For a time when Shade was young, he thought that everyone but him knew the “truth/About survival after death.” Later, he would question human sanity, wondering how anyone could live without knowing what happened to consciousness when a person died. Eventually, one night, he decided that he would devote his life to understanding death. Now, at 61, Shade is clipping his nails and thinking of how each finger resembles people in life.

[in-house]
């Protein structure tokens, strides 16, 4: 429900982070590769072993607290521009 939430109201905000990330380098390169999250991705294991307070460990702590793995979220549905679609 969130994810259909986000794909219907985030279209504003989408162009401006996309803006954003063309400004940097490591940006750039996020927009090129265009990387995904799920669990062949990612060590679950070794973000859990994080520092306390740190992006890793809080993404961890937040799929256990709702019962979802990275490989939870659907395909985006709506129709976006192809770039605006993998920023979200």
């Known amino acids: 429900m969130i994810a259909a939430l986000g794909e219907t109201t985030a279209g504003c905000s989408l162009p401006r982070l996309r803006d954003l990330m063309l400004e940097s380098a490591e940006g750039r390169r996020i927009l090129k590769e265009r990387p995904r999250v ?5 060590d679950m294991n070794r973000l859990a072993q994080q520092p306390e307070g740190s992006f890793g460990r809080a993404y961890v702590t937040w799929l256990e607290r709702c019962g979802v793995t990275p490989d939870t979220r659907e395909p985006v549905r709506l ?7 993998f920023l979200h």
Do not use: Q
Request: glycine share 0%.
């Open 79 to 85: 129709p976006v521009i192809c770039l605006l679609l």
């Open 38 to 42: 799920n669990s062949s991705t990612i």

This passage marks the poem’s explicit turn towards its main theme: death and the possibility of the afterlife. For Shade’s whole life, what happens after death has been his central question. At first, he assumed that there was an easy answer that everyone else already knew—apparently that seemed more plausible to young Shade than having such a fundamental question be unanswerable, since realizing that there wasn’t an easy answer made him literally question people’s sanity. He couldn’t understand how anyone could be at ease in the world without knowing what would happen to them when they died—clearly, Shade couldn’t simply go about his life without an answer. It seems like a bizarre shift to go from questions of life and death to a description of Shade clipping his nails and thinking of how, literally, his fingers resemble people he knows. But Shade will go on to reveal how, as he has investigated life and death, he has become attuned to coincidences, patterns, and resemblances that give him hope that there is some kind of grand design to the universe, one that will allow him to survive death in some form, even if he doesn’t know what that form is. Discussing how his fingers look like people he knows is a sort of silly way to gesture towards that, but Shade always finds meaning and dignity in everyday things.